Villar History, Family Crest & Coats of Arms
Villar is a name that was carried to England in the great wave of migration from Normandy following the Norman Conquest of 1066. The Villar family lived in Villiers, Normandy, the family's place of residence prior to the Norman Conquest of England in 1066.
"The family are said to have come into England with the Conqueror, which is probable. There are at present six places in Normandy so called, besides a larger number called Villers, one of the numerous ways in which the surname is spelled. The Earl of Jersey's family trace to Alexander de Villiers, lord of Brokesby, co. Lancaster, early in the XIII, century. Sir Richard de Villars was a Crusader under Edward I., and hence the cross and escallop shells in the coat-armour of his descendants." 
The existing family of Villiers "claim to belong to the race of Villiers in Normandy, from which sprang Pierre de Villiers, Grand Master in the reign of Charles VI., and Jacques de Villiers, Provost of Paris and Mareschal of France in the same period." 
Early Origins of the Villar family
The surname Villar was first found in Leicestershire where they held a family seat as Lords of the manor of Rokesby from the time of the Norman Conquest of England by Duke William in 1066 A.D. Galderfridus de Villers of St. Evroult, accompanied Duke William into England with his son, Pagan de Villiers, who obtained the barony of Warrington in Lancashire and was also Lord of Crosby in that same shire.
Interestingly, "the present coat of arms is said to have been assumed in the reign of Edward I., as a badge of Sir Richard de Villars' services in the crusades."  The previous shield was "Sable, three cinquefoils argent."
"Michael de Valers was summoned from Gloucester in 1300, for military service in Scotland." 
Early History of the Villar family
This web page shows only a small excerpt of our Villar research. Another 130 words (9 lines of text) covering the years 1485, 1544, 1531, 1532, 1537, 1538, 1539, 1550, 1606, 1574, 1626, 1621, 1625, 1620, 1689, 1656, 1711, 1591, 1657, 1592, 1628, 1628, 1687, 1682, 1721, 1654, 1693 and 1907 are included under the topic Early Villar History in all our PDF Extended History products and printed products wherever possible.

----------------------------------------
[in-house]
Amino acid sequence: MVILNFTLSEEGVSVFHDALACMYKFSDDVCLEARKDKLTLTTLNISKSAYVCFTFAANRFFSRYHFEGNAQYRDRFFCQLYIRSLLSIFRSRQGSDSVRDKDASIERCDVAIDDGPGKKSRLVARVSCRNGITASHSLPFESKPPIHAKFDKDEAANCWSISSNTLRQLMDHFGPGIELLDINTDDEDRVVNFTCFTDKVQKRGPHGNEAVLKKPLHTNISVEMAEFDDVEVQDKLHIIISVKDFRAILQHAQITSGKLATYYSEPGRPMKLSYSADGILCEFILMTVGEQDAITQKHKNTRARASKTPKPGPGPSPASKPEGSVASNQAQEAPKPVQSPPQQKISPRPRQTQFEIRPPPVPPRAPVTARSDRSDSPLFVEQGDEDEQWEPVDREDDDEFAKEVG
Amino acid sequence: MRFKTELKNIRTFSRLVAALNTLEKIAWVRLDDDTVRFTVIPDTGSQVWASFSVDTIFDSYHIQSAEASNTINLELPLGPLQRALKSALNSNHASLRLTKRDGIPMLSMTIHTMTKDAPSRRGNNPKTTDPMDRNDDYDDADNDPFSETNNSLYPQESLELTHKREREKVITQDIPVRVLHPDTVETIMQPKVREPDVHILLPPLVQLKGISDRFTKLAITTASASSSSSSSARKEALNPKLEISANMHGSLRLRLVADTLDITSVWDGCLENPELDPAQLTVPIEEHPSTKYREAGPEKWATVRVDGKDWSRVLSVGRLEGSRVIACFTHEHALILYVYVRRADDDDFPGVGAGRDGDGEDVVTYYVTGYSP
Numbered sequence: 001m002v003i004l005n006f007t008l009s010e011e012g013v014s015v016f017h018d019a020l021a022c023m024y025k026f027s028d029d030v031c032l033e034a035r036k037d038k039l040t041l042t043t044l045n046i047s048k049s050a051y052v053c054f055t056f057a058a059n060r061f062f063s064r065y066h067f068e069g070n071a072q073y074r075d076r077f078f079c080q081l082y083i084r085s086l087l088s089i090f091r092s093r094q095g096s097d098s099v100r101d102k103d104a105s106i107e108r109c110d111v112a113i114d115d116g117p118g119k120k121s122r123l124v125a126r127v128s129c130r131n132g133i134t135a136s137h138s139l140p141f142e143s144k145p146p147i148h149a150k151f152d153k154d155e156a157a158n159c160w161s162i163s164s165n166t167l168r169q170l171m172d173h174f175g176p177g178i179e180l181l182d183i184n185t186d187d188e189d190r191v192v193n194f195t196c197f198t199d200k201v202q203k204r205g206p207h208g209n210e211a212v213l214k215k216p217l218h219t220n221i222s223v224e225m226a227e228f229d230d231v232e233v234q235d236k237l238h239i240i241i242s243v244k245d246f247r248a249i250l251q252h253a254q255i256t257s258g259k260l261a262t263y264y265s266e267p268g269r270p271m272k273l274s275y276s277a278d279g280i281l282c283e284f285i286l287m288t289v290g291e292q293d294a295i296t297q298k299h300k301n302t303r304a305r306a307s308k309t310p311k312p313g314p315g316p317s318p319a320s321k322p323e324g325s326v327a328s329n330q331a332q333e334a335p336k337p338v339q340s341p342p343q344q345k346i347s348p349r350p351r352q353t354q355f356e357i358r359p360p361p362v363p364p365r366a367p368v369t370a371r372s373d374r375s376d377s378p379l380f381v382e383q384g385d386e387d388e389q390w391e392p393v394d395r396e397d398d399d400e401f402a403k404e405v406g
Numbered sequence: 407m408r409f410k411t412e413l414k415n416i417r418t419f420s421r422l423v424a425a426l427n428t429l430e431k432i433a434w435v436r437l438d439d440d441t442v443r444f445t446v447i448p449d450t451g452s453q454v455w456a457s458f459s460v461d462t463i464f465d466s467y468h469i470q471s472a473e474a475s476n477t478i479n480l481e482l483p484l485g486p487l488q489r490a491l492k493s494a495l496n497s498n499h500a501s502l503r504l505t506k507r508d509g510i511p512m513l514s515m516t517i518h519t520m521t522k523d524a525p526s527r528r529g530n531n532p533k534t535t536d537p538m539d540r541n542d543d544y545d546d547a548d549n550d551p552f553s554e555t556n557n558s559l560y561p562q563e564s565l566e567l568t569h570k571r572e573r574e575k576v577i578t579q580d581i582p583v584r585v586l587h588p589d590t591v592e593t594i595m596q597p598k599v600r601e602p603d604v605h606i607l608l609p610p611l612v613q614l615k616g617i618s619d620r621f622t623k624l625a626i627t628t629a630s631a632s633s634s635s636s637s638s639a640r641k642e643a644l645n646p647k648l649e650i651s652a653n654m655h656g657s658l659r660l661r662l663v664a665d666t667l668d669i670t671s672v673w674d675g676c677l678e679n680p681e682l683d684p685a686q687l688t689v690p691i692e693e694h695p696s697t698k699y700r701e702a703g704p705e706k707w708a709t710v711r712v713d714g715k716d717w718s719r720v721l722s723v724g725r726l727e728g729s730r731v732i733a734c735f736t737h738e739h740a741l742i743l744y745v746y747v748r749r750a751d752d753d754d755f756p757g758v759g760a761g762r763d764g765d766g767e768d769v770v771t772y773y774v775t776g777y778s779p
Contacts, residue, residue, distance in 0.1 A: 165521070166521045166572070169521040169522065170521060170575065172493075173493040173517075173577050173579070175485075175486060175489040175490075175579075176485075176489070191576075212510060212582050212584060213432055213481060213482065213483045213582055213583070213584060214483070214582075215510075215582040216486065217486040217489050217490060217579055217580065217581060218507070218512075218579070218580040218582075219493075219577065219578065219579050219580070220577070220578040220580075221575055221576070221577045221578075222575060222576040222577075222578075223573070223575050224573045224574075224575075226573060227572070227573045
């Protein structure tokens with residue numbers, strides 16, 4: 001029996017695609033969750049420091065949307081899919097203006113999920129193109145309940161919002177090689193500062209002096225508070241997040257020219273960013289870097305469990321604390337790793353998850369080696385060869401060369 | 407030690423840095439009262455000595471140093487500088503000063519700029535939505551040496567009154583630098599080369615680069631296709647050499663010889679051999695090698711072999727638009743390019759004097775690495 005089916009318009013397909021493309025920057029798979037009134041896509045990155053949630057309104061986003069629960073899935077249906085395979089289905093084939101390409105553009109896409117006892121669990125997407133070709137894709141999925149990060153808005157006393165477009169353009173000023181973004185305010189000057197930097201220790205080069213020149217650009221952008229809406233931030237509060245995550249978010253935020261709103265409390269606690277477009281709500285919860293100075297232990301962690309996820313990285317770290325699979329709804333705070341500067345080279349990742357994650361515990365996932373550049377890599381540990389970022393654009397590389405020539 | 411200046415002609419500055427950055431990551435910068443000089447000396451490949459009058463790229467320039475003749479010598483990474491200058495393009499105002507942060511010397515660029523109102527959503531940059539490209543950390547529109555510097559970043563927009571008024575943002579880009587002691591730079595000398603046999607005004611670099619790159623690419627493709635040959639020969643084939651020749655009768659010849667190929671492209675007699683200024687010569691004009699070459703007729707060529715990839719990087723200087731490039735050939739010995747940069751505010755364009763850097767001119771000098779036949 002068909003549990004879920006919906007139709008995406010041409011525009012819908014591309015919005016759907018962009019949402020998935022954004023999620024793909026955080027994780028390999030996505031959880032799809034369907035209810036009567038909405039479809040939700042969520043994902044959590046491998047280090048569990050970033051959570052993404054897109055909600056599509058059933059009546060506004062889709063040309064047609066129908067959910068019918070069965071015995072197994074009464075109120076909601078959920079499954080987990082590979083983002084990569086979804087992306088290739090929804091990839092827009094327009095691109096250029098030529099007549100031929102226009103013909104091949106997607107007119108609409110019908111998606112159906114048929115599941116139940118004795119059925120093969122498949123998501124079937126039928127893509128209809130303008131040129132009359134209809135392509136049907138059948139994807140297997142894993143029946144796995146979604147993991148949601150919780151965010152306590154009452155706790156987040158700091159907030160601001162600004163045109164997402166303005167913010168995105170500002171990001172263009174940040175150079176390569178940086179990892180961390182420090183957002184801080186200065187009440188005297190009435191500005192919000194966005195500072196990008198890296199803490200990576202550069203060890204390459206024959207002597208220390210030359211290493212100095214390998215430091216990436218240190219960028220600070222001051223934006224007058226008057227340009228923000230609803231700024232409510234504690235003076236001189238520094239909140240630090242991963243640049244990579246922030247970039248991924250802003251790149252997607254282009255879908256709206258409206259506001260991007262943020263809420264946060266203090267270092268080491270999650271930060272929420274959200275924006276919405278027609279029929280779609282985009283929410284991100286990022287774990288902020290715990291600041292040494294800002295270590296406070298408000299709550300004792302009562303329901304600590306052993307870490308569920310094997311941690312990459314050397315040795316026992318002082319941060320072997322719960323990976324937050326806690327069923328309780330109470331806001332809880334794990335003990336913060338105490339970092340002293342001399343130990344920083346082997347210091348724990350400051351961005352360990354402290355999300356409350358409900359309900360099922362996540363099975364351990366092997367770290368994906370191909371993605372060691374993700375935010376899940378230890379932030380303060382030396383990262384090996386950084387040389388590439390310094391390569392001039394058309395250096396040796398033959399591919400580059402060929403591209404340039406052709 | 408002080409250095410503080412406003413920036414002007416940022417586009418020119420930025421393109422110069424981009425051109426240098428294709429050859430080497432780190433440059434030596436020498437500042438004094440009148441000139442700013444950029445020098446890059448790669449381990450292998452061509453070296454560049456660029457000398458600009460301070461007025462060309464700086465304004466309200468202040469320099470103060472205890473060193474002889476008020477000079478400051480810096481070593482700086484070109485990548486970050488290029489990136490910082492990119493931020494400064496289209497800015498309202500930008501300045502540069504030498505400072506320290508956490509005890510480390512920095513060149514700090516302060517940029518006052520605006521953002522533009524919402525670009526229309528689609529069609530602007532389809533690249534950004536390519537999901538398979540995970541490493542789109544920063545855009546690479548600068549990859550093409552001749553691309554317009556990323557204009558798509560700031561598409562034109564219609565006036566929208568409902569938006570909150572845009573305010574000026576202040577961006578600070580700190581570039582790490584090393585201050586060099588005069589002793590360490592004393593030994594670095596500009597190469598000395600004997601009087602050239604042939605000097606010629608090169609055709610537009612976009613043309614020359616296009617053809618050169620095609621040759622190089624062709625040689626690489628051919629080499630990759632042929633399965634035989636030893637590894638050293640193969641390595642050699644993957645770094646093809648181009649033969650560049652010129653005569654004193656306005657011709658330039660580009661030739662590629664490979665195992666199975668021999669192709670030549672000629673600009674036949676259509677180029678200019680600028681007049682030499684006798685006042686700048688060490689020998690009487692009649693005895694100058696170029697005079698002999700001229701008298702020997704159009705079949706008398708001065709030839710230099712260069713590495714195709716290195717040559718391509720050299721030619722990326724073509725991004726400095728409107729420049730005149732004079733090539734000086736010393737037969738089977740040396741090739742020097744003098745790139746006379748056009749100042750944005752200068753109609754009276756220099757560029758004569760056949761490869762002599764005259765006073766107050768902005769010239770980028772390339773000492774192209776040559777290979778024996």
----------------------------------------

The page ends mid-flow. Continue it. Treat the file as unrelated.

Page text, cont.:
Villar Spelling Variations
Before the last few hundred years the English language had no fixed system of spelling rules. For that reason, spelling variations occurred commonly in Anglo Norman surnames. Over the years, many variations of the name Villar were recorded, including Villers, Villiers, Villieres, Vilers, Viliers, Vilieres, Villars, Villere, Viller, Villier, Villiere, Viler, Vilier, Viliere, Villar, Villere, Devillieres and many more.
Early Notables of the Villar family (pre 1700)
Outstanding amongst the family at this time was Sir John Villers of Brooksby; and his son, Sir John Villers (1485-1544), of Brooksby Hall, Leicestershire, an English politician, High Sheriff of Warwickshire and Leicestershire for 1531-1532 and 1537-1538, Member of the Parliament for Leicestershire in 1539; Sir George Villiers, of Brokesby (1550-1606), member of the English gentry; Sir Edward Villiers (c. 1574-1626), an English diplomat, office-holder and politician who sat in the House of Commons...
Another 74 words (5 lines of text) are included under the topic Early Villar Notables in all our PDF Extended History products and printed products wherever possible.
In the United States, the name Villar is the 8,983rd most popular surname with an estimated 2,487 people with that name.  However, in France, the name Villar is ranked the 6,400th most popular surname with an estimated 1,000 - 1,500 people with that name. 
Migration of the Villar family to Ireland
Some of the Villar family moved to Ireland, but this topic is not covered in this excerpt.